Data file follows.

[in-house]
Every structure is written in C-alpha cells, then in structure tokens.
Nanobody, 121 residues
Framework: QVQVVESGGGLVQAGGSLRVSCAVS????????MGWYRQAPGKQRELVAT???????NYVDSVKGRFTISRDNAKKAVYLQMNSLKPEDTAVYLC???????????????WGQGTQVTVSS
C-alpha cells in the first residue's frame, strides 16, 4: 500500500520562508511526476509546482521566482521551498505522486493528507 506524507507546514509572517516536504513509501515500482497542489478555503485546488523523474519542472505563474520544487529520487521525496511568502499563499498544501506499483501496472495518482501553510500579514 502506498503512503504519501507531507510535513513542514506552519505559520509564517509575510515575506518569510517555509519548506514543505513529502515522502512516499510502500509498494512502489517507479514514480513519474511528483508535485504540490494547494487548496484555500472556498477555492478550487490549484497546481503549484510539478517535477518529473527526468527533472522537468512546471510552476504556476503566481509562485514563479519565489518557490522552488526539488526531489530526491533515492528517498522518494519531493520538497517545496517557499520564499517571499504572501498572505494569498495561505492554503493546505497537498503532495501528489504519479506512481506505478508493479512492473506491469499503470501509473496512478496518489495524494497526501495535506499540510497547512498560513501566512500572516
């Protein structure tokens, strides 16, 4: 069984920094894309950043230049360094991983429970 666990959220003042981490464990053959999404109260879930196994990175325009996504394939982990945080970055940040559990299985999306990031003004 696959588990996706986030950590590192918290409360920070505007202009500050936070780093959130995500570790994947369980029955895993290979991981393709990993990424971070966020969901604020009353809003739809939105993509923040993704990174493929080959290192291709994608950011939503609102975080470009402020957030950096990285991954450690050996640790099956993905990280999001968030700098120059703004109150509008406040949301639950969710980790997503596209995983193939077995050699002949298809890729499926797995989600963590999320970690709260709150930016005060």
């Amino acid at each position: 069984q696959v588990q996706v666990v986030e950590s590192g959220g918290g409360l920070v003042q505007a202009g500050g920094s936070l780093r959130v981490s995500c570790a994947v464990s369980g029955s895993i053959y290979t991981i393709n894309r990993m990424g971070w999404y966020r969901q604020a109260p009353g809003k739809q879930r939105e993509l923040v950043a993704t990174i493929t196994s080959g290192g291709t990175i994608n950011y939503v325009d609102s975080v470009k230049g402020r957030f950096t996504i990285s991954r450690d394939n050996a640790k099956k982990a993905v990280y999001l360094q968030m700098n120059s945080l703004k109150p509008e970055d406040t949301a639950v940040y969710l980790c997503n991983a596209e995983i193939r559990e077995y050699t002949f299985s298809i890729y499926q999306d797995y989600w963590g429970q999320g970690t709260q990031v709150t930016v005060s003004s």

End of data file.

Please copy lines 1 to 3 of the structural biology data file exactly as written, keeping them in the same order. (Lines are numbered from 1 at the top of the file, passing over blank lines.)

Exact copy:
[in-house]
Every structure is written in C-alpha cells, then in structure tokens.
Nanobody, 121 residues